The Untamed Valleys of Ladakh
Amidst the Zanskar mountain range, the Ladakh region in India, also known as Mini Tibet of the country due to its deep rooted cultural links with Tibetian customs, is a land where one can fall short of words while witnessing its beauty. And probably ‘different’ is the only word you are left with as you come across this side of India.
Because of its high altitude passes through the barren mountains it is also known as the cold desert of India and is mostly famous for bike tours and expeditions across the region.
When travelling across Ladakh, it would be a usual sight crossing through high elevation mountain roads, which although appear in the most rugged conditions but nonetheless seem gorgeous in this barren beautiful wonder of nature.
Valleys of Ladakh
Ladhakh, as barren as it seems from the outside, is actually filled with vibrant valleys located at its heart, presenting a nice glimpse of the combined culture of Tibet and Ladakh.
Zanskar valley is one the most beautiful valleys in the region surrounded by the snow capped peaks of mighty Himalayas. Other famous valleys in the region include the Nubra valley which is located at the northern edge of the country sharing its borders with Xinjiang in China. Nubra valley is most famous for its biking trips passing through the highest of the passes in Ladakh.
One of the highest Ramsar sites in the world, the Tso Moriri lake or the Mountain Lake located at the altitude of more than 4000 meters, surrounded by wetlands and a habitat for migratory birds is one of the most beautiful and highest altitude lakes situated in India.
The lake comes under the Tso Moriri Wetland Conservation Reserves and is one of listed Ramsar sites, a designation for wetlands of international importance, in the country. Although it is not persimmable to camp by the lake, the place offers divine beauty and acts as a blue gem accompanying the dark mountains.
Talking about lakes, what would be the picture of sapphire lakes in a region covered with dry dusty mountains? It would surely look no less than tiny jewels shining on a strange land.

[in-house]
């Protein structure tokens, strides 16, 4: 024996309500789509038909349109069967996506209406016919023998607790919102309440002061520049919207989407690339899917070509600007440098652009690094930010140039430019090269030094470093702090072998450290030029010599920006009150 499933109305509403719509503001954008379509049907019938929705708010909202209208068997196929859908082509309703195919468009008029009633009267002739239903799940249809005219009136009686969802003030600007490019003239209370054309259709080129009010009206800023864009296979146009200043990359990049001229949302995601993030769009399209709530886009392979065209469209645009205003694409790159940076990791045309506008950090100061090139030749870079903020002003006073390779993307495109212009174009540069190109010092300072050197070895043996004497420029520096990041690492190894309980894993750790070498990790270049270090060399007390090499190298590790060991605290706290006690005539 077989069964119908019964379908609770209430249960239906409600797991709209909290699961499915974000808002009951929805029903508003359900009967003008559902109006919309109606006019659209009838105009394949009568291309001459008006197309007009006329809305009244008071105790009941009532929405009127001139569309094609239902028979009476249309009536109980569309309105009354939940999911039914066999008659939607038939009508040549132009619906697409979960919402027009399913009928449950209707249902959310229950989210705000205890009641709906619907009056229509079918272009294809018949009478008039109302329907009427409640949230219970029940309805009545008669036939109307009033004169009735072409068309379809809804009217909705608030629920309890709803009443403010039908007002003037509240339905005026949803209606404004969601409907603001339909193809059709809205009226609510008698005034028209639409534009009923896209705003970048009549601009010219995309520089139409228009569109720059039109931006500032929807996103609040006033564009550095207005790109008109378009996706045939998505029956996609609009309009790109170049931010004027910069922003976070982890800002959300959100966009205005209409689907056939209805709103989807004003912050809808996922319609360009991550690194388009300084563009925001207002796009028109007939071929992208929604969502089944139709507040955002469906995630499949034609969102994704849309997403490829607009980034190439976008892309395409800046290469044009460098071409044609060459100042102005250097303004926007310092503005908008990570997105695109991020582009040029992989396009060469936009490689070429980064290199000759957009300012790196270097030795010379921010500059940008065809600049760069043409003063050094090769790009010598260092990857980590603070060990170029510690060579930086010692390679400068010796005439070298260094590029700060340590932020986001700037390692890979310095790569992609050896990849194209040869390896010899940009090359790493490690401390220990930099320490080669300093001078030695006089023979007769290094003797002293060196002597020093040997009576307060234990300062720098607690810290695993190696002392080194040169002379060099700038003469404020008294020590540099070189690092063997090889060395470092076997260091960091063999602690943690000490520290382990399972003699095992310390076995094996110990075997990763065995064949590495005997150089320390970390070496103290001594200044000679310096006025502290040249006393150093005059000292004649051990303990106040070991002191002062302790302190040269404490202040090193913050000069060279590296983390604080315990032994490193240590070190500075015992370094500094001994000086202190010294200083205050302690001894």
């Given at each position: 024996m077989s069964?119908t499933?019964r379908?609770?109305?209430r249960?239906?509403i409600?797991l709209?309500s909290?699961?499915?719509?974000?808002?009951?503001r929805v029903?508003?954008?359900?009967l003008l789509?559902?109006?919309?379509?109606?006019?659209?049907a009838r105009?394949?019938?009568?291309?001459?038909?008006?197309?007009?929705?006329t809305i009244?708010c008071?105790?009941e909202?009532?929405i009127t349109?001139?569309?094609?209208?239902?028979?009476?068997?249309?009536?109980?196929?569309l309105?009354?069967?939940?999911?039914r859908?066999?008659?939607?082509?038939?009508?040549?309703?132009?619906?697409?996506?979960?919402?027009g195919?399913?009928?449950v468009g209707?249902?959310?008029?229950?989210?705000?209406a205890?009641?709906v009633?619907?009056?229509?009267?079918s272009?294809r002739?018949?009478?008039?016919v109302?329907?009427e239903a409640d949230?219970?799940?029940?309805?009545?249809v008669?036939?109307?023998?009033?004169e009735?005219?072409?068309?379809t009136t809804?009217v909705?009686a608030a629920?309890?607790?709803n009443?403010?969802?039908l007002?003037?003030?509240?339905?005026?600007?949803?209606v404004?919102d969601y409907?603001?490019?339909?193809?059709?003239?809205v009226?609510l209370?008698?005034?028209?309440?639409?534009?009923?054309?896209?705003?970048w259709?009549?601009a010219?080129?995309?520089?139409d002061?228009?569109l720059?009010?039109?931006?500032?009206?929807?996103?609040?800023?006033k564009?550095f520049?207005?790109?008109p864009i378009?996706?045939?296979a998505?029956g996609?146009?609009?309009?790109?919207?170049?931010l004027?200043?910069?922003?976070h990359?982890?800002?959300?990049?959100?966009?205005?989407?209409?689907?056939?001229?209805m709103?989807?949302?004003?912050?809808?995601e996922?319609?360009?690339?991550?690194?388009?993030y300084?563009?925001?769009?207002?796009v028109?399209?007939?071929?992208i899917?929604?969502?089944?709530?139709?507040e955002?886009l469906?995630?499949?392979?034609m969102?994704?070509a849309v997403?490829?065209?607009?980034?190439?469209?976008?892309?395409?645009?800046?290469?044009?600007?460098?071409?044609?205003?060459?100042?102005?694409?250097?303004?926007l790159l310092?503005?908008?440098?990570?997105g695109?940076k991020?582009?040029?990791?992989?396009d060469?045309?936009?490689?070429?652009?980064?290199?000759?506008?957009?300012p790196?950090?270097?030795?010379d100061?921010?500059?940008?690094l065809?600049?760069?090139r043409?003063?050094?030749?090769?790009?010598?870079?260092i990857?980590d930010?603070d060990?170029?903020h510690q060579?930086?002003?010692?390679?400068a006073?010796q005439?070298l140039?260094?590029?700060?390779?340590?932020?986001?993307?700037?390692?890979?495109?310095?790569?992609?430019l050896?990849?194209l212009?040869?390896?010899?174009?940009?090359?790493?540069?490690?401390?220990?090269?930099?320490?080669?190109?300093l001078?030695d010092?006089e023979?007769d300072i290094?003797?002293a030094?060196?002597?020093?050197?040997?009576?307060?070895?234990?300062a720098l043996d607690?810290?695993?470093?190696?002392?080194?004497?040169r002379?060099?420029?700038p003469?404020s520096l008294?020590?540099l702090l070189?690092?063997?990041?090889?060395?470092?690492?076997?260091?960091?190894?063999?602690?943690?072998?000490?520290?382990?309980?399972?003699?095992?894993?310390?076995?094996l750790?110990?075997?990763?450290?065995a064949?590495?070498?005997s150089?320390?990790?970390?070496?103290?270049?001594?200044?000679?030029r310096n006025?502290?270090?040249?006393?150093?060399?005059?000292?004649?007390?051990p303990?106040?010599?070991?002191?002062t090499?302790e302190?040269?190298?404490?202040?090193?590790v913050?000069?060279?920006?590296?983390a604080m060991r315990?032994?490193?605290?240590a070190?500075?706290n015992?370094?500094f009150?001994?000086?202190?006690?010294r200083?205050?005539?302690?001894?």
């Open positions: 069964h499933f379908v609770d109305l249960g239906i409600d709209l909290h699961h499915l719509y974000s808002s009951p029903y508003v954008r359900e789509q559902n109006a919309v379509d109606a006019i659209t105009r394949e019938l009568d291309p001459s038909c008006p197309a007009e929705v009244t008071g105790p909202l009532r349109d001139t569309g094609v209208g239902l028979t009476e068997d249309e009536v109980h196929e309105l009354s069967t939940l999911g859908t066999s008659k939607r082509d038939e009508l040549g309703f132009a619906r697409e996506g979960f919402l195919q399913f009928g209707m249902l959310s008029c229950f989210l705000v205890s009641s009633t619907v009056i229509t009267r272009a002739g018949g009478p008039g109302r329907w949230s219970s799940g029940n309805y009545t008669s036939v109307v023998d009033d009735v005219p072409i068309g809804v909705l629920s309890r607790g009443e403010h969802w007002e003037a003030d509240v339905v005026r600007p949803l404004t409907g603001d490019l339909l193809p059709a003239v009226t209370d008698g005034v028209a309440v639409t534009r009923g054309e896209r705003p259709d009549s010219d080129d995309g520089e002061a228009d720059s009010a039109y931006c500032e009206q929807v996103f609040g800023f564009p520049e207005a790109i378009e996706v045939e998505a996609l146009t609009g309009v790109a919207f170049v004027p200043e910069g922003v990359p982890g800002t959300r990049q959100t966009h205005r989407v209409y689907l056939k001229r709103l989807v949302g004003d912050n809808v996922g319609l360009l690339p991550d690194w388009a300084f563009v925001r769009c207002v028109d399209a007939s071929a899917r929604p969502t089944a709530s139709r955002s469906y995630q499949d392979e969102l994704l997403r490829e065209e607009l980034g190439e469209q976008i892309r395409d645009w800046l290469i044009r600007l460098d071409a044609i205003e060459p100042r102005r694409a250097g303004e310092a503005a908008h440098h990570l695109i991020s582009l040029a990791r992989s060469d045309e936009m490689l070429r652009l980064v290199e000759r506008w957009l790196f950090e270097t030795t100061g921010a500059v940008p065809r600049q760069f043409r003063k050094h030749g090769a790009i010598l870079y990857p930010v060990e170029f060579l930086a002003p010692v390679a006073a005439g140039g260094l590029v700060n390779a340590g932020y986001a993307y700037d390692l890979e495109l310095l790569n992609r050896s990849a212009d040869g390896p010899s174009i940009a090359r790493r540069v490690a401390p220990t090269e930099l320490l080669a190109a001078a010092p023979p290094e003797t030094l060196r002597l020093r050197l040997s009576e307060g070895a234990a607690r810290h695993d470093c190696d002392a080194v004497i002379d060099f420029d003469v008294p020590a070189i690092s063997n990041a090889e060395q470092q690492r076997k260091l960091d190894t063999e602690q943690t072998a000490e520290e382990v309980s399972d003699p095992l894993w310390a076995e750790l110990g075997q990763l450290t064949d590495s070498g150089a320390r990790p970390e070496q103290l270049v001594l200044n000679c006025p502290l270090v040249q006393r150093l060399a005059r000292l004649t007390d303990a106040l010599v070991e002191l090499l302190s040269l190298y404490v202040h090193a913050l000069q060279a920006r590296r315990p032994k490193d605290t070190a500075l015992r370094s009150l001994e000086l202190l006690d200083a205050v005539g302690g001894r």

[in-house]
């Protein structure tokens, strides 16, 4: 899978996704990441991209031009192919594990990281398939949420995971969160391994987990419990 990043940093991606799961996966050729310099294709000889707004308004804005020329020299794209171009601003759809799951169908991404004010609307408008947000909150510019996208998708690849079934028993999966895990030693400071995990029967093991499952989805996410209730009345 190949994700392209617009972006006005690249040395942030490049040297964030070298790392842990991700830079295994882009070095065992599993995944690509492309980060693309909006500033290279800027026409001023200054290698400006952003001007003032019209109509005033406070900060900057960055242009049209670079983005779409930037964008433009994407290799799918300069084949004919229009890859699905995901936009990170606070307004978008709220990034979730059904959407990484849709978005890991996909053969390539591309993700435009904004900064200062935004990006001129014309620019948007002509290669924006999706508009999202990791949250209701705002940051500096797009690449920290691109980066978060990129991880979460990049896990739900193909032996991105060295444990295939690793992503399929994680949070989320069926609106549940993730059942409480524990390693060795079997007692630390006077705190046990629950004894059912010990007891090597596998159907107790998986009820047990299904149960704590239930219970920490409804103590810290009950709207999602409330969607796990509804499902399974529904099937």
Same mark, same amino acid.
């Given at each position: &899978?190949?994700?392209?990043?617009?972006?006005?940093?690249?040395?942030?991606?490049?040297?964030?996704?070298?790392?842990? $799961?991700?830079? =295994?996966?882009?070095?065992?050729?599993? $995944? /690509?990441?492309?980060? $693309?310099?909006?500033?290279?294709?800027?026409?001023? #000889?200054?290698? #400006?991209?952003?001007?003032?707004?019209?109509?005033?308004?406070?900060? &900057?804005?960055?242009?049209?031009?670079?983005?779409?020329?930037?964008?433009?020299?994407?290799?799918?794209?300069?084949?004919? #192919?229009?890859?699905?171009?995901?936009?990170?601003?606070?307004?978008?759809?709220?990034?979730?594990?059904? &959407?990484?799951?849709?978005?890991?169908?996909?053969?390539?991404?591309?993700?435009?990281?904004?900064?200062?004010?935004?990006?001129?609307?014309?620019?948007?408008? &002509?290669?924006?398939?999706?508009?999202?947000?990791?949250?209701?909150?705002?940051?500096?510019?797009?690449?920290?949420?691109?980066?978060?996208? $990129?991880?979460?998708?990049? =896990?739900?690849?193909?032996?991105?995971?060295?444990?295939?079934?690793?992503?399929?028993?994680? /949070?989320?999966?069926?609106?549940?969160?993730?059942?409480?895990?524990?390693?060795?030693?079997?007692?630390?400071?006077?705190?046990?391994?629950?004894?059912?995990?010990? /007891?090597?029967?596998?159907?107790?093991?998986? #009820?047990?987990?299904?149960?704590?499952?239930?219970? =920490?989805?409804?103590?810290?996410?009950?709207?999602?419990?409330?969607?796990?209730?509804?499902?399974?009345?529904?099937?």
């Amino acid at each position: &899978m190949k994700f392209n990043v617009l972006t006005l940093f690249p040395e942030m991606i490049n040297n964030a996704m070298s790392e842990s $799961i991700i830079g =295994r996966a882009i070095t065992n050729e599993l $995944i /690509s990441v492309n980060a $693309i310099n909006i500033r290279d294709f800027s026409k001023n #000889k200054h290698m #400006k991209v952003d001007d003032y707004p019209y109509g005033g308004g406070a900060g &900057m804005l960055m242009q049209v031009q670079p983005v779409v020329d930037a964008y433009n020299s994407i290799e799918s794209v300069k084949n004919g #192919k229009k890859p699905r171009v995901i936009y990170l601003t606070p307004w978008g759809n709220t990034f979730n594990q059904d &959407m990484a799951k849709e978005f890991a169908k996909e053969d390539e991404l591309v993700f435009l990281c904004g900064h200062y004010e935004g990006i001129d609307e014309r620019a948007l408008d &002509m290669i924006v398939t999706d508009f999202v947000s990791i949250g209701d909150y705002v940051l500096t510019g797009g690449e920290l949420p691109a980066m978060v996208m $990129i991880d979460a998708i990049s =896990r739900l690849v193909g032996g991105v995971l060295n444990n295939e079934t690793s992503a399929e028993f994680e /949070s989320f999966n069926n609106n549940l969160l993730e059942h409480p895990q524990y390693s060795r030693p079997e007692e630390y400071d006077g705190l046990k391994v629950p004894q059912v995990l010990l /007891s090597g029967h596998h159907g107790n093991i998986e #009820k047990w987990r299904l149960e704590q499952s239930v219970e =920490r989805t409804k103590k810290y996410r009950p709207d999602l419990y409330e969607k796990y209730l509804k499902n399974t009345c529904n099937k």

Pangong Tso lake is the most famous lake in Ladakh, with a visit to this part of India being incomplete without seeing this blue gem. The lake happens to change colours many times a day with various shades of blue to even going red with its absolute clear waters. As tempting as it may appear, don’t try swimming in the sub zero temperatures of the lake! The scenery from the Pangong Tso is something that surely cannot be witnessed anywhere else.
Even the frozen lakes in Ladakh are not less in any beauty with the treks being famous even in the winter months. Also one of the most famous valleys for camping in the region is the Markha valley which is considered as one of the best valleys for camping.
Acting as a gateway to the Siachen Glacier, the Khardung La pass is the highest motorable pass in the world with its route going towards the Nubra valley at the other end. Adventure enthusiasts from around the country journey all the way from the northern plains of India to finally reach the high altitude pass. At the end of the journey you would have the barren ranges of Zanskar welcoming you under the crystal azure skies.
The term La
What is with the term La attached with every pass in Ladakh?
Ladakh is also known as the land of high passes, with the word La in local language meaning mountain passes. Most mountain pasess in Ladakh are suffixed with the term La. So this is actually the La land of India.
In one of the passes not named as La, lies a place called Magnetic Hill, surrounded by slopes creating an optical illusion, famous for its magnetic properties. So don't be surprised next time if you see a vehicle parked here defying the law of gravity as it appears to be answering the calls of the mountains!
Culture of Ladakh
Culture of Ladakh is heavily influenced by Tibet and it is no surprise that the same is reflected in food and festivals in this region, which is also considered as the center of Buddhism in the country. While touring across the region, a visit to high altitude monasteries is something to be not missed in any case as they offer the closest glimpse of Ladakh's traditional ways of life.
Life of the people of Ladakh is surely in stark contrast than anywhere else, with the simple cuisines and lifestyle being practiced given the difficult terrain.
The coldest part of India and the second coldest place on earth, Drass, located in Kargil district of Ladakh, is one of the most difficult inhabited places with temperatures dripping as low as minus 30 to 35 degrees. Given the extreme cold of the mountains, the Ladakhi cuisine is mostly surrounded by variations of noodles, soups and staple grains of the region like barley and wheat.
While a burst of tourism in the area has led to emergence of many food options from popular northern plains of India, but when on a journey to this mystic land, the original flavours of Zanskar would introduce various flavours from Himalayas from this apparently dry region of India.
Thukpa, a noodle soup originated in Tibet and butter tea are most famous in the local shops from the region. And if you happen to visit the place during the annual festival of Hemis monastery, which is one of the most celebrated festivals of Ladakh, then the seemingly barren land would appear more colourful than you might have witnessed anywhere else.
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